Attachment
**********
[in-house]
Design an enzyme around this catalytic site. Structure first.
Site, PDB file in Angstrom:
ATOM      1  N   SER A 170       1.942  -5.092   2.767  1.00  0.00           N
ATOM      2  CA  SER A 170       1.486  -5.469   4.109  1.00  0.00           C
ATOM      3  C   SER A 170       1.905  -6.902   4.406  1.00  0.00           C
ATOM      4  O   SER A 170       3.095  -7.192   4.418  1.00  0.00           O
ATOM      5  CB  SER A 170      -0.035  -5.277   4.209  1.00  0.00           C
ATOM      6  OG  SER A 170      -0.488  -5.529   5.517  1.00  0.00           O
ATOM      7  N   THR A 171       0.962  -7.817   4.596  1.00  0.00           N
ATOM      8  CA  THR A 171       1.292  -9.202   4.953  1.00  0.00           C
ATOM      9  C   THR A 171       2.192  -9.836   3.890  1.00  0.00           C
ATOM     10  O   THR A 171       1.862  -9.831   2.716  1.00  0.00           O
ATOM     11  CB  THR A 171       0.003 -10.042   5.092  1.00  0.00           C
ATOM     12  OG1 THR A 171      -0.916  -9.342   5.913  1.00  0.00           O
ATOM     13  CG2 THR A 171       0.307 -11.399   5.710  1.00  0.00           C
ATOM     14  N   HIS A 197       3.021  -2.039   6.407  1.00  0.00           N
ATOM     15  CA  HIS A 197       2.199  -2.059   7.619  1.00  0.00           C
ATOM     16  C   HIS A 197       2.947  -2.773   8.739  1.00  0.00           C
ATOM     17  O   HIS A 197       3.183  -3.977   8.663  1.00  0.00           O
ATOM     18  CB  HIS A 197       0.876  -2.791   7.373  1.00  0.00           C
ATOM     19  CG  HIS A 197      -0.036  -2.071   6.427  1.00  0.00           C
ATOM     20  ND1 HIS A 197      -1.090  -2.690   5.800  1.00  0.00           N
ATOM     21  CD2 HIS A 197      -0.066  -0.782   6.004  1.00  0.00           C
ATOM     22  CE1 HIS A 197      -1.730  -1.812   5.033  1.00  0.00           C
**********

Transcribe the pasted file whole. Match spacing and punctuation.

[in-house]
Design an enzyme around this catalytic site. Structure first.
Site, PDB file in Angstrom:
ATOM      1  N   SER A 170       1.942  -5.092   2.767  1.00  0.00           N
ATOM      2  CA  SER A 170       1.486  -5.469   4.109  1.00  0.00           C
ATOM      3  C   SER A 170       1.905  -6.902   4.406  1.00  0.00           C
ATOM      4  O   SER A 170       3.095  -7.192   4.418  1.00  0.00           O
ATOM      5  CB  SER A 170      -0.035  -5.277   4.209  1.00  0.00           C
ATOM      6  OG  SER A 170      -0.488  -5.529   5.517  1.00  0.00           O
ATOM      7  N   THR A 171       0.962  -7.817   4.596  1.00  0.00           N
ATOM      8  CA  THR A 171       1.292  -9.202   4.953  1.00  0.00           C
ATOM      9  C   THR A 171       2.192  -9.836   3.890  1.00  0.00           C
ATOM     10  O   THR A 171       1.862  -9.831   2.716  1.00  0.00           O
ATOM     11  CB  THR A 171       0.003 -10.042   5.092  1.00  0.00           C
ATOM     12  OG1 THR A 171      -0.916  -9.342   5.913  1.00  0.00           O
ATOM     13  CG2 THR A 171       0.307 -11.399   5.710  1.00  0.00           C
ATOM     14  N   HIS A 197       3.021  -2.039   6.407  1.00  0.00           N
ATOM     15  CA  HIS A 197       2.199  -2.059   7.619  1.00  0.00           C
ATOM     16  C   HIS A 197       2.947  -2.773   8.739  1.00  0.00           C
ATOM     17  O   HIS A 197       3.183  -3.977   8.663  1.00  0.00           O
ATOM     18  CB  HIS A 197       0.876  -2.791   7.373  1.00  0.00           C
ATOM     19  CG  HIS A 197      -0.036  -2.071   6.427  1.00  0.00           C
ATOM     20  ND1 HIS A 197      -1.090  -2.690   5.800  1.00  0.00           N
ATOM     21  CD2 HIS A 197      -0.066  -0.782   6.004  1.00  0.00           C
ATOM     22  CE1 HIS A 197      -1.730  -1.812   5.033  1.00  0.00           C